WATERVILLE — You get a feeling about big decisions. When it’s time, you know it’s time.

Before the start of this past high school football season, Frank Knight knew it was time. The 2013 season would be his 24th and last as head coach at Waterville Senior High School.

His younger son, Luke, was going to be a senior on the Waterville football team this season. When Luke was done, Frank was done. The season ended with Waterville’s loss to Winslow in the Eastern C championship game. In his last season, Knight’s team was 8-2.

“I think a few years ago, I started thinking about it,” Knight said. “The natural threshold was when my son graduated.”

Knight’s retirement wasn’t the secret of the century around Waterville. He told friends and colleagues, but at Monday’s team dinner, he made it official.

With that, central Maine lost another great high school coach. Knight was a coach who was adept at knowing which players needed a pat on the back, and which needed to be pushed.

“When I was in high school, we needed a kick in the butt,” former Waterville quarterback Kyle Bishop said. “Coach Knight was great for the school for so long.”

Football is a big piece of Knight’s life. Considering he didn’t start playing the sport until his junior year of high school, that’s incredible. Knight’s teams worked hard because he did.

“I think there’s only been two years since I was a junior in high school that I haven’t played or coached football,” Knight said.

Despite being a relative newcomer to football, Knight earned a spot on the University of Maine roster. An all-purpose defensive lineman, Knight lettered for the Black Bears in 1978. When he was a student teacher at Old Town High School, Knight coached the linemen for coach Ed Paul.

Walt Abbott and Jack Bicknell, two of Knight’s coaches at Maine, were influences.

“Maine was just a great fit for me,” Knight said.

When Bishop was a senior in the fall of 2010, the Purple Panthers went as a team to Orono to see Maine play Albany. Before the team got off the bus at Alfond Stadium, Knight gave his team a history lesson on the Maine Stein Song. He told them when to sing it, what it meant to him and the school.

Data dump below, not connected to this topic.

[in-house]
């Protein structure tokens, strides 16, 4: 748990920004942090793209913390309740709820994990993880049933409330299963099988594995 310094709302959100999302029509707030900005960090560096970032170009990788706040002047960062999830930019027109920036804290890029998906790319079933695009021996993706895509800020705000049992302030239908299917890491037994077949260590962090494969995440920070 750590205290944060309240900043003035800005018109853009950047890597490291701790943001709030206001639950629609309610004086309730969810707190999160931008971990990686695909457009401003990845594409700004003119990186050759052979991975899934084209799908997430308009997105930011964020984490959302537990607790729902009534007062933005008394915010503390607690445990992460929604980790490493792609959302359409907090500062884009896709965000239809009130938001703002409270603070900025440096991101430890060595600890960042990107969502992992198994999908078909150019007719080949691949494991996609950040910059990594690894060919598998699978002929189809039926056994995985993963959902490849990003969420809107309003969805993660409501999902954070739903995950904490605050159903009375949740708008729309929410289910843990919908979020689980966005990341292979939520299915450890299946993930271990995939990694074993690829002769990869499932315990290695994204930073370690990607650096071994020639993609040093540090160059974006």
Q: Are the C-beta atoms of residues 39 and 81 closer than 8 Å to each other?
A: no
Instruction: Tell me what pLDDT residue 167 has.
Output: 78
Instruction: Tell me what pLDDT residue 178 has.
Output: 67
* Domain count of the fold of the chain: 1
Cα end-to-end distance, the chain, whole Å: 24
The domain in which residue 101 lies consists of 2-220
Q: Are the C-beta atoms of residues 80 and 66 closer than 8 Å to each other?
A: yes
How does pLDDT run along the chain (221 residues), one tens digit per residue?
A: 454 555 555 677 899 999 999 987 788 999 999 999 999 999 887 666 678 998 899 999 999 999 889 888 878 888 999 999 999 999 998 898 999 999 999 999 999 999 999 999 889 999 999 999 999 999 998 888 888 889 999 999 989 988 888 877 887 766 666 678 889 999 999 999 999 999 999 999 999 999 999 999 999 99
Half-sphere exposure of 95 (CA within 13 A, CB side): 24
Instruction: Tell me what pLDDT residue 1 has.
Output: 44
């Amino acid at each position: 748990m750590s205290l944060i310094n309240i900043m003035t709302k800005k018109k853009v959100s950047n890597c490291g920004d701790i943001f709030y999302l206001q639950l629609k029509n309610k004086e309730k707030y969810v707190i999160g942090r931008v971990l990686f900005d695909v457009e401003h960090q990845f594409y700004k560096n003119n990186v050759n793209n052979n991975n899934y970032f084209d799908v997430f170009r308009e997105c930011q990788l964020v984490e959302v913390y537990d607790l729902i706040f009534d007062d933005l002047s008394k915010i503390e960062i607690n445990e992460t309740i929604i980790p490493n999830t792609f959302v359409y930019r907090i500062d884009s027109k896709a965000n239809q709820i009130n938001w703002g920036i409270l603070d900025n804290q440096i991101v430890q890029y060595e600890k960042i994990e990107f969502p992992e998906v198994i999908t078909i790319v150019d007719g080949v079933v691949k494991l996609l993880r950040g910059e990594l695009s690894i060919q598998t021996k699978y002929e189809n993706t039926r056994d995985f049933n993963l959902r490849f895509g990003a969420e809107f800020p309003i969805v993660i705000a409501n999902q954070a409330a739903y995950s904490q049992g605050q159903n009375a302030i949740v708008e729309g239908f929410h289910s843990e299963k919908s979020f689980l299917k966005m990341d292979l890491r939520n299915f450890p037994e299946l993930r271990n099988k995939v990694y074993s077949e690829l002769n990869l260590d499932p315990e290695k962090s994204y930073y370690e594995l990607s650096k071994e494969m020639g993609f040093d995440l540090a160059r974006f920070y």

“He showed me the pictures in his office of when he played at Maine,” Bishop said. “I know he’s proud of playing football at Maine.”

Knight is equally proud of his accomplishments at Waterville, even if the one that got away still stings, 19 years later.

Knight coached Waterville to back-to-back Pine Tree Conference Class A titles in 1993 and 1994, In ‘94, the Panthers lost to Biddeford after the Tigers scored a pair of touchdowns late in the fourth quarter to tie the game, including a 75-yard punt return with 34 seconds left. The Tigers then took the win in overtime.

“That still haunts me a little bit,” Knight said.

Let that be a blip on an otherwise outstanding career. There are too many good memories to let one bad one take center stage.

“I have a lot, which is a great thing to say. It’s the relationships I’ll remember. All the great coaches I had on my staff, and the players,” Knight said. “The greatest thing about this job is the outstanding young men I’ve met.”

The game has changed since Knight started coaching. The high school game became more wide open, and Knight thanked longtime offensive coordinator Ken Lindlof for keeping the Panthers up with the changes. Still, he has a soft spot in his heart for the Wing-T offense and the 5-2 defensive alignment.

“That stuff worked, and it still works. Look at John Wolfgram (Cheverus’ head coach). A Wing-T and a 5-2 defense, and he wins,” Knight said.

The demands of the job changed, too. Coaching any sport in high school is a year-round commitment now. When the football season ends, there’s an offseason workout program to manage. In the summer, there are camps to attend. Teams compete in the 7 on 7 summer passing leagues now.

“It’s getting more demanding,” Knight said. “It’s a high energy, young man’s job.”

Knight will continue teaching physical education at Waterville Senior High School. He didn’t come to his decision easily, or lightly. But when you know it’s time, it’s time.

For Knight, it’s time. It’s Waterville’s, and Maine high school football’s, loss.

Travis Lazarczyk — 861-9242[email protected]Twitter: @TLazarczykMTM